Dr Michelle Harrison, Global CEO, Public Division, Kantar and WPP Government Sector Practice

THE INDEX

The Index was launched at the Women Leaders Global Forum, held in Iceland 26- 28 November, 2018. The 2018 Forum witnessed the launch of the Reykjavik Index. The index measures how people feel about women in power, it subsequently went on to be selected #BestofDavos at this year’s World Economic Forum Annual Meeting in Davos.

This year, Michelle Harrison, Global CEO of Public Division at Kantar, presented updated findings on the perceptions around women leadership not only in the G7 nations of Canada, France, Germany, Italy, Japan, the UK and the USA, but also in Brazil, China, India and Russia.

The Index measures the perceived legitimacy of women or men in positions of leadership in politics and professions. Government/politics, Entertainment/media and Tech/AI shape our perceptions of gender and the findings from the Index are instructive. The 2019 Reykjavik Index for Leadership for the G7 is 73. Canada and France have the highest Reykjavik Index (77), followed by the USA (75) and the UK (73). Italy has the lowest Reykjavik Index (68), followed by Germany (69) and Japan (70).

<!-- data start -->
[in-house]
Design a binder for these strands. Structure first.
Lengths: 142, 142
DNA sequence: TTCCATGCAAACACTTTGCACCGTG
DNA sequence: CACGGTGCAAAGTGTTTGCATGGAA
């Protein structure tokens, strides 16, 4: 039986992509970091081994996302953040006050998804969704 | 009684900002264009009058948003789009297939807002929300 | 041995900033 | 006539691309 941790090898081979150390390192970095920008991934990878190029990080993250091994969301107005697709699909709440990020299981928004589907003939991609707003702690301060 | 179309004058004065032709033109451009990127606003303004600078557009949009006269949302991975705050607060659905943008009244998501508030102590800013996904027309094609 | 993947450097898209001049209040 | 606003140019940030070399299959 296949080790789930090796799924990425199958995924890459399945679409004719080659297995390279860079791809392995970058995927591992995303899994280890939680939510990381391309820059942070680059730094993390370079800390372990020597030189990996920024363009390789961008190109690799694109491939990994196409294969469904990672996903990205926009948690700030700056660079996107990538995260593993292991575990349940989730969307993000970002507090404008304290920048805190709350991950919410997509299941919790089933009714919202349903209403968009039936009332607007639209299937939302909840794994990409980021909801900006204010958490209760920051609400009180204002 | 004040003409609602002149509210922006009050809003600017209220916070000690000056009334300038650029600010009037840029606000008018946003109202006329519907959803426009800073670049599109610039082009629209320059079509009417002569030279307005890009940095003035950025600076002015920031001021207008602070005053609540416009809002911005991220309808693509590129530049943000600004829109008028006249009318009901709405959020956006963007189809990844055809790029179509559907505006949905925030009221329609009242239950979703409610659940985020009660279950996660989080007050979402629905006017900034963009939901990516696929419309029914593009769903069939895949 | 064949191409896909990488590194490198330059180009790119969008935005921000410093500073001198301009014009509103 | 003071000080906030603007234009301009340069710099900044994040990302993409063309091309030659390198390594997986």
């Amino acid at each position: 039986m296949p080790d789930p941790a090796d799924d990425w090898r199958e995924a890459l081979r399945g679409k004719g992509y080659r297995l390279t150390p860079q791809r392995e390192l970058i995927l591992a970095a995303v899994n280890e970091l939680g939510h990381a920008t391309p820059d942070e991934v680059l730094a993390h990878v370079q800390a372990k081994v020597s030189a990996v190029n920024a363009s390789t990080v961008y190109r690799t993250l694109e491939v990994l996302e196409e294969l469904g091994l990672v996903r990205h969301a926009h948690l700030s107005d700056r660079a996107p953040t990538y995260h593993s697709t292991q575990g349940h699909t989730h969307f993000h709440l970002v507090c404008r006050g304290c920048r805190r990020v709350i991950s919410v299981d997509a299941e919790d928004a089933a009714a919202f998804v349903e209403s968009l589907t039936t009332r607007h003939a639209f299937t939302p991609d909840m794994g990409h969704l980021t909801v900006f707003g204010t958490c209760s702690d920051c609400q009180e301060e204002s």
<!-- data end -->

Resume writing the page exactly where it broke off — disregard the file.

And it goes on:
At country level, the Indices for Canada, France and the USA are similar in 2019 and 2018. However, the UK’s Reykjavik Index has fallen four points from 77 in 2018 to 73 in 2019, meaning that the UK has dropped from first place in the G7 in 2018 to fourth place in 2019.

Japan, Germany and Italy sit in fifth, sixth and seventh places respectively in both 2019 and 2018. However, the Index for all three countries has
increased between 2018 and 2019, by three points for Japan and Germany, and by five points for Italy.

Among the additional countries studies for this report, India (67) and Brazil (66) have a relatively high Reykjavik Index for Leadership, while Russia (53)
and China (48) have a relatively low Index (Figure 3). The Indices for India and Brazil are broadly in line with those for the lower-scoring G7 countries (Italy 68, Germany 69 and Japan 70), while those for Russia and China are much lower.

Women are more likely to perceive men and women as equally suited to leading an organisation in all the 22 sectors covered in the 2019 survey – the proportion of women who think both are just as capable of taking the lead, is between seven and 12 percentage points higher than the proportion of men.